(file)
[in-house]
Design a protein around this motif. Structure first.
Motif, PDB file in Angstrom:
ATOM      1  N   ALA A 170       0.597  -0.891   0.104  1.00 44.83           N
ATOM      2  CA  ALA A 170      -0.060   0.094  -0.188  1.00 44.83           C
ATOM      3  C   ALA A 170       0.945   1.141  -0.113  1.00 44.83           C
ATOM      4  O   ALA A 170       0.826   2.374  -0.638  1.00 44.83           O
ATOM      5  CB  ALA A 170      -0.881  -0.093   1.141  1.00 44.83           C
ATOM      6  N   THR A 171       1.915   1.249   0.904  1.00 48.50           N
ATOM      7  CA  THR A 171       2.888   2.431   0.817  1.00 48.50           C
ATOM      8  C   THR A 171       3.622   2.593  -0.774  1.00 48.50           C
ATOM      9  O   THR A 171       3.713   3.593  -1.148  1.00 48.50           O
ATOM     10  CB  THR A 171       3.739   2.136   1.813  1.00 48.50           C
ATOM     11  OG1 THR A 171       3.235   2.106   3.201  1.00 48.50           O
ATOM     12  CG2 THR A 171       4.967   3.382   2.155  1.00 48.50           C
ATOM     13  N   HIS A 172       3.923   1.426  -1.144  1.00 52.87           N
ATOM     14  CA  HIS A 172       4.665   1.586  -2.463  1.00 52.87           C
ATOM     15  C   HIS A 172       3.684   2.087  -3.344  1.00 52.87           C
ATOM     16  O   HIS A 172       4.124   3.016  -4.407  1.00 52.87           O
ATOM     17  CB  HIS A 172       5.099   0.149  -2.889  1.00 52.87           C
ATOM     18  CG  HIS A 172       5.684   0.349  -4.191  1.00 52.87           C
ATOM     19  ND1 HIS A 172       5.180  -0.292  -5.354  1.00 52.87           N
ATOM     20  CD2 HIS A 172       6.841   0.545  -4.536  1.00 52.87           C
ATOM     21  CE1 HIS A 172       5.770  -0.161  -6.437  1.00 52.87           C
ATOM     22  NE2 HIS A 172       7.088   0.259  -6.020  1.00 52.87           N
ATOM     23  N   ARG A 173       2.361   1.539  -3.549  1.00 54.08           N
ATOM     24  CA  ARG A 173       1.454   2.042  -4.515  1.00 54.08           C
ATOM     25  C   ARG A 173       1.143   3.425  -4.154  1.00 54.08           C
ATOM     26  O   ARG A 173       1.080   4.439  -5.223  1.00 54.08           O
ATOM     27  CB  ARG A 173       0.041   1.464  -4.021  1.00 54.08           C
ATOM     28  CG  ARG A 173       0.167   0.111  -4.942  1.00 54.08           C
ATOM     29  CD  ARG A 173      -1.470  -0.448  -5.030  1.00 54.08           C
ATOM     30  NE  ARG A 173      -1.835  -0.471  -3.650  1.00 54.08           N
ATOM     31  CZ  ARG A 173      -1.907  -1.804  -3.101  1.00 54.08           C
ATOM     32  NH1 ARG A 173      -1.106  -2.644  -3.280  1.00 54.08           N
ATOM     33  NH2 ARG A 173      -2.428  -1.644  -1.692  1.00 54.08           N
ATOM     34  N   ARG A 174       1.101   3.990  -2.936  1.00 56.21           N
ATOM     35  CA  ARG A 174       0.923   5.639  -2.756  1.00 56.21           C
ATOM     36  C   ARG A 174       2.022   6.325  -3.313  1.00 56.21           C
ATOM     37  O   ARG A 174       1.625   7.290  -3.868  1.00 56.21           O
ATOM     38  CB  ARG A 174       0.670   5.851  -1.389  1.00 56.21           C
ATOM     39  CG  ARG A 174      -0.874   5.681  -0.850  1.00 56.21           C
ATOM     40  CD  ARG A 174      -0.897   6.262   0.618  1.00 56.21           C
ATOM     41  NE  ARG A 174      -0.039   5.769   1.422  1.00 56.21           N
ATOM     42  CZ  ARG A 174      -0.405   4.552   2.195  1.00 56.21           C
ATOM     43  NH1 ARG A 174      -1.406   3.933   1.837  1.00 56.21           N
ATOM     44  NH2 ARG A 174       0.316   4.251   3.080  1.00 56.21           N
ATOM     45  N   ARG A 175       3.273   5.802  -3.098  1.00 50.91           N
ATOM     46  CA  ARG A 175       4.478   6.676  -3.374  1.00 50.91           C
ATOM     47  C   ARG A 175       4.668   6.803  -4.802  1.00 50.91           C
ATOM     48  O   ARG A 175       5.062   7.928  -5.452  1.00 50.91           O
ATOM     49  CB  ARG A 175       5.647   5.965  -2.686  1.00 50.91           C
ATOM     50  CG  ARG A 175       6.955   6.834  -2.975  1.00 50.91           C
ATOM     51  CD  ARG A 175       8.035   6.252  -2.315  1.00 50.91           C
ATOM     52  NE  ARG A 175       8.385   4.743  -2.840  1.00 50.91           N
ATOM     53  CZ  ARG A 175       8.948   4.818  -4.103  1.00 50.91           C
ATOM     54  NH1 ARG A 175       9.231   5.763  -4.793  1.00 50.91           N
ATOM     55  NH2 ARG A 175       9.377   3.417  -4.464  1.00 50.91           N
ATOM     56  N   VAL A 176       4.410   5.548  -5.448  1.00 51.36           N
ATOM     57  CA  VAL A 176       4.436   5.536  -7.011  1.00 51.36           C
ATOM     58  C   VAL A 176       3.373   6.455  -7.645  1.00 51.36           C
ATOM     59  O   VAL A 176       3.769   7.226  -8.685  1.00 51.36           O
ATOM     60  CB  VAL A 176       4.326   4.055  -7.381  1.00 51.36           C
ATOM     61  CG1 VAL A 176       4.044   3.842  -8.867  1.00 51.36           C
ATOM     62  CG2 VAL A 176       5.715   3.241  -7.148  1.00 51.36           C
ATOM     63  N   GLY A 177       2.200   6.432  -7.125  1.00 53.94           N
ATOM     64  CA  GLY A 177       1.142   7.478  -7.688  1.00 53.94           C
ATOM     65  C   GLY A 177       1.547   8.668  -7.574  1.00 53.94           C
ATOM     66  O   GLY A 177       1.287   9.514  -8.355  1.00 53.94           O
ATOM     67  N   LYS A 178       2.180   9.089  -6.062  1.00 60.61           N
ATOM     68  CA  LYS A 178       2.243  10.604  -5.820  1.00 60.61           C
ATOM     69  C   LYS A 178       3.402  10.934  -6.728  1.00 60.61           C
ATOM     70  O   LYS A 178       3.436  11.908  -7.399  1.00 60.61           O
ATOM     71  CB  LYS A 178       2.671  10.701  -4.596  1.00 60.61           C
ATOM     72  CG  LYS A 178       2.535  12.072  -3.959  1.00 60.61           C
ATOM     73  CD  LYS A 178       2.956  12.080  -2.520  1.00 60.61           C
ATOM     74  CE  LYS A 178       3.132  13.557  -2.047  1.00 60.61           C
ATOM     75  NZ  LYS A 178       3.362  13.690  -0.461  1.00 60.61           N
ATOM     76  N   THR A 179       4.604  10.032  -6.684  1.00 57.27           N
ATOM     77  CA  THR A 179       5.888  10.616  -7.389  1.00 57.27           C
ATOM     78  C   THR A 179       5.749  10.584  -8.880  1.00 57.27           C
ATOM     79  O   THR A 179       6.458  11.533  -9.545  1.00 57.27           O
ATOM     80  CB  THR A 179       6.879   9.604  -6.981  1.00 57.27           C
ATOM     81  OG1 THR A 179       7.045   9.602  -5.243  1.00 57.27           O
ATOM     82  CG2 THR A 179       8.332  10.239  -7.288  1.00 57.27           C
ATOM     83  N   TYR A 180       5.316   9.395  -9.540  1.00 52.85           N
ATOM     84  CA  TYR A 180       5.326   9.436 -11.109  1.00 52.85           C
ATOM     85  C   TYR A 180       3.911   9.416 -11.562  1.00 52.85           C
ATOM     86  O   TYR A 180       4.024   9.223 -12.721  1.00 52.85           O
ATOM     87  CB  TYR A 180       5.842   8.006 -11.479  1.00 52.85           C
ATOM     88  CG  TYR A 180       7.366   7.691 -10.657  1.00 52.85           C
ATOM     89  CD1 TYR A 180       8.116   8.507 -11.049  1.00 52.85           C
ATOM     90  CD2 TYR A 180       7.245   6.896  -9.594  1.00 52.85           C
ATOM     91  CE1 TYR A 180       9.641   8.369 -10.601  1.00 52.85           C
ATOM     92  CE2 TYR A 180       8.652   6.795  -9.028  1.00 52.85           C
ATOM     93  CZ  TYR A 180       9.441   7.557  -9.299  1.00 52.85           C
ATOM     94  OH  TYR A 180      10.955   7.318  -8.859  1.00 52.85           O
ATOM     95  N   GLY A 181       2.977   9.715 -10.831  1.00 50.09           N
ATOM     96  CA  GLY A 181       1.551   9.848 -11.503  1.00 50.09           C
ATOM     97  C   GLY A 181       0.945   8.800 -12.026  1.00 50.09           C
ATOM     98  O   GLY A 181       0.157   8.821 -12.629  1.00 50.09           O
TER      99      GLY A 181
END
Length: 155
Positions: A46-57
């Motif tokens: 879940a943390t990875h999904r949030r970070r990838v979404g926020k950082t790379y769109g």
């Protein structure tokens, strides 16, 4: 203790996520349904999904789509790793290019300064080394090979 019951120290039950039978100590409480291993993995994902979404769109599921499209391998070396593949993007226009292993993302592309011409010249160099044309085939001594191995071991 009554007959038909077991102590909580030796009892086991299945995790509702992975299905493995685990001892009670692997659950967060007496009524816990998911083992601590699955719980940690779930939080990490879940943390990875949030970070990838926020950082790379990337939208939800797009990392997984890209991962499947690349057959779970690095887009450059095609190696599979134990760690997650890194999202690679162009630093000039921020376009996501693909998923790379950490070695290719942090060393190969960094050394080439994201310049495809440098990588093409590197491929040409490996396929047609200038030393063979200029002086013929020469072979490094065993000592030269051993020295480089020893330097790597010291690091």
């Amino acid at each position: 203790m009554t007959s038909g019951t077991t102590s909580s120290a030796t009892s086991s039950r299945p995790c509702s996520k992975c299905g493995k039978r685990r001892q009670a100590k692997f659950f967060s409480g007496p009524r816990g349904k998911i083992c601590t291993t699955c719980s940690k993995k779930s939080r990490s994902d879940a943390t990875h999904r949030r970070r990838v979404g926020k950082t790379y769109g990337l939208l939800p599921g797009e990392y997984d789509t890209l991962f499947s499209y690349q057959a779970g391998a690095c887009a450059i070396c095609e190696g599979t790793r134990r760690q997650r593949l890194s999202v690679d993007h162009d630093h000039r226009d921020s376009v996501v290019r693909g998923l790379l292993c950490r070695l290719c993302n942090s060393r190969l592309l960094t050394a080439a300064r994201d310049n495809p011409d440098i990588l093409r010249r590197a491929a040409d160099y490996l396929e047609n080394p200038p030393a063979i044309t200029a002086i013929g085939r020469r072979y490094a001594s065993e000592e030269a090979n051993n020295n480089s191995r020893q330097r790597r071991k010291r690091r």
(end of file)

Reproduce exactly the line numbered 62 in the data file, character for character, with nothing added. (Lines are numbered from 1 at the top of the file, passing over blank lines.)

ATOM     59  O   VAL A 176       3.769   7.226  -8.685  1.00 51.36           O